Contact Tracing: a Bad Idea at the Wrong Time

June 9th, 2020

Contact tracing is now a central part of most government agendas in the monitoring and control of the COVID19 outbreak. It involves widespread tracing, testing and isolation. Is it too late for this strategy and does this level of monitoring and surveillance pose a threat to our privacy?

  • The virus has already peaked in many countries and so far there is no evidence of a ‘second wave’.
  • Evidence shows that the tests are not reliable. What is the point of using both viral and antibody tests if their effectiveness is open to question? Also, what do increased numbers of infections mean in terms of Public Health if 80% of people testing positive show no symptoms?
  • The contact tracing programme involves the collection of DNA by public and private organizations and relies on them to protect the data they collect.
  • Laws are already in place that allow forced testing and quarantine. Does that compromise our fundamental civil liberties?
  • Contact tracing, in conjunction with a vaccine, may be used as part of the suggested programme for an “immunity passport”, which will be used to restrict the freedom of movement of all people.
  • Will contact tracing become an integral part of ongoing surveillance without wider discussion?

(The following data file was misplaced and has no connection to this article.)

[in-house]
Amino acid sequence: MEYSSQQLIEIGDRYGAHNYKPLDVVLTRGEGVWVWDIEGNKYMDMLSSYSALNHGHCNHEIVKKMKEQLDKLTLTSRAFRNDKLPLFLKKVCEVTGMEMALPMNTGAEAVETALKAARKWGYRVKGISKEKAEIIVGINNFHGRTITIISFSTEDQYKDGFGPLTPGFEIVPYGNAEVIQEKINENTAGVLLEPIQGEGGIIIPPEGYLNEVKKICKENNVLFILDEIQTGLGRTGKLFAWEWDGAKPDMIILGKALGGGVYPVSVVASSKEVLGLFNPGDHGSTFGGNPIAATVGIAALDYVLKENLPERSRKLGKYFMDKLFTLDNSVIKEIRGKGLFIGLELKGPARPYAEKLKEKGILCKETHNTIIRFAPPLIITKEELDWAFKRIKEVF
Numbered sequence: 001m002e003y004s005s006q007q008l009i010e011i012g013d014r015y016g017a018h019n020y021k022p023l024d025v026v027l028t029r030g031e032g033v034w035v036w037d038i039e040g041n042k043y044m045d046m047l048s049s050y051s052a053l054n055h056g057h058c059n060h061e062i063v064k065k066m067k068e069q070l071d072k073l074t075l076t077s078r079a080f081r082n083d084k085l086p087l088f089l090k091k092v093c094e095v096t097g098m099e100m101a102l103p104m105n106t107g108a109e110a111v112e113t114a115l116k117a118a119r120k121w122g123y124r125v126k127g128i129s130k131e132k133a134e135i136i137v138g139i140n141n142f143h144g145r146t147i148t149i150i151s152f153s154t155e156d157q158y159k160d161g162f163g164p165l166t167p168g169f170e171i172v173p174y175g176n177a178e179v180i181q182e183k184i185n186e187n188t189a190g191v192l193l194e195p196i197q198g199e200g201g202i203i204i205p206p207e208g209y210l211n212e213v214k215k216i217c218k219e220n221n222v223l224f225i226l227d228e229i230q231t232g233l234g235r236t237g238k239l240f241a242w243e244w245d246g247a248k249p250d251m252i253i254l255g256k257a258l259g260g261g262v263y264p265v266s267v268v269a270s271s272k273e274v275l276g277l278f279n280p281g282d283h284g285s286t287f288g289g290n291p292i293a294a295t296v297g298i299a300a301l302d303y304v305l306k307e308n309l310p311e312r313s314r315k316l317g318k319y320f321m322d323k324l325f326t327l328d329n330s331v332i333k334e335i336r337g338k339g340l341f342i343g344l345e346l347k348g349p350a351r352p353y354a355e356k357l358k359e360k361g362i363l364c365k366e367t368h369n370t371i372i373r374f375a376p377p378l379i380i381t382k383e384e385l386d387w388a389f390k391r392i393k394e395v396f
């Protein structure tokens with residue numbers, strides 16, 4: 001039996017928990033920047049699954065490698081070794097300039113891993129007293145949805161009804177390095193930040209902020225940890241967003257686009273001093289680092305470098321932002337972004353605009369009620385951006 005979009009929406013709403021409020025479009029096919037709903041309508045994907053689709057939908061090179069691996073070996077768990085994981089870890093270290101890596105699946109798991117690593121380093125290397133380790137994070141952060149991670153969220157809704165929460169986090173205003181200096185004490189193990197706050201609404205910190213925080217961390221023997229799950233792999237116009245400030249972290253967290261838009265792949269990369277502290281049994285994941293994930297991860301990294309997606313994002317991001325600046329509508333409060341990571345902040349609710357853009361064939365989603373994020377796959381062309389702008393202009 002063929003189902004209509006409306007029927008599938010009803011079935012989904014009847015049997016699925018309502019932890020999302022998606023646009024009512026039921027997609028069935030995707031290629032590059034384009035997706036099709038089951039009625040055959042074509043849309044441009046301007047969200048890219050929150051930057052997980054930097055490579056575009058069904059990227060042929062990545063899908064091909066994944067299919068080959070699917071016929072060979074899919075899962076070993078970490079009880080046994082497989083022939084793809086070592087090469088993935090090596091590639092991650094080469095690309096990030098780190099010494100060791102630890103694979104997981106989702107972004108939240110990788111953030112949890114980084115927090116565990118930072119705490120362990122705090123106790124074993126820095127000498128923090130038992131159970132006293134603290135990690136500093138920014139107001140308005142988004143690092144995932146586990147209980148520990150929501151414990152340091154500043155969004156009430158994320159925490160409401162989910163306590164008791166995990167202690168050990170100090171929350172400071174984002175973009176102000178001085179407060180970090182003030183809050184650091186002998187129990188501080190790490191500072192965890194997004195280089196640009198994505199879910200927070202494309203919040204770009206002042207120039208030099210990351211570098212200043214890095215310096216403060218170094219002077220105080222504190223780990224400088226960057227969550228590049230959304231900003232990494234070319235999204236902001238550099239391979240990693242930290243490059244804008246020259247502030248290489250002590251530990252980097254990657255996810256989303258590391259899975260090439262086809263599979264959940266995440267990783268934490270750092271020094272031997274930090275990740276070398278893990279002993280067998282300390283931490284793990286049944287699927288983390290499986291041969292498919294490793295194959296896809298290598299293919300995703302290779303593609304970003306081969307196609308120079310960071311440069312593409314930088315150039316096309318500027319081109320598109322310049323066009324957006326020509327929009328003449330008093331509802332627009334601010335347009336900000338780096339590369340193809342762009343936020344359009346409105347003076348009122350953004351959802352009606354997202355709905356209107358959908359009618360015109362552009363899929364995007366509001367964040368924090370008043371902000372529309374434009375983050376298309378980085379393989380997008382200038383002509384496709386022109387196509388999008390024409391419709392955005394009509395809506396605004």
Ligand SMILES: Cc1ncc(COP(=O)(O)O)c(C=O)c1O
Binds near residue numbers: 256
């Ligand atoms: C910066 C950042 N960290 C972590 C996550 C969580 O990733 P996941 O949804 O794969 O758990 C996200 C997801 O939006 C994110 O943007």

Has the virus peaked?

According to the classic model of Farr’s Law, which states that infectious diseases, left to their own devices, have a natural cycle of peaking and then declining, the disease peaked in China by the end of January. Using this model, evidence shows that the cycle of COVID19 runs on a two month cycle, with a peak after one month and a slow decline during the following month. This is an important consideration worth noting, which would essentially make the extensive plans for contact tracing redundant.

It is crucial to look at the mortality rate from COVID19 and not just new cases. More testing identifies more cases, but the vast majority will not have symptoms. Evidence shows that mortalities were declining in most countries BEFORE lockdown was imposed and also that the disease was present in Europe before it was formally recognized. According to research published by J.P. Morgan, cases have continued to decline in countries once lockdown was lifted. The article claims that in the UK the peak of cases occurred around March 18th, and before lockdown, and according to other analyses, it was even earlier.

The number of positive cases is being used to justify the continuation of lockdown or the threat to reintroduce it until widespread contact tracing can be established, followed by the hope of a vaccine. There should be serious concerns for both. On 4th June, Matt Hancock, the UK Health Secretary stated that the full implementation of Contact Tracing will not be ready till September. All experience with viruses like a corona virus, indicates that it will have left the population before September and the biggest concern recently voiced by the vaccine developers, is that it will have disappeared before the fast tracked vaccine is ready.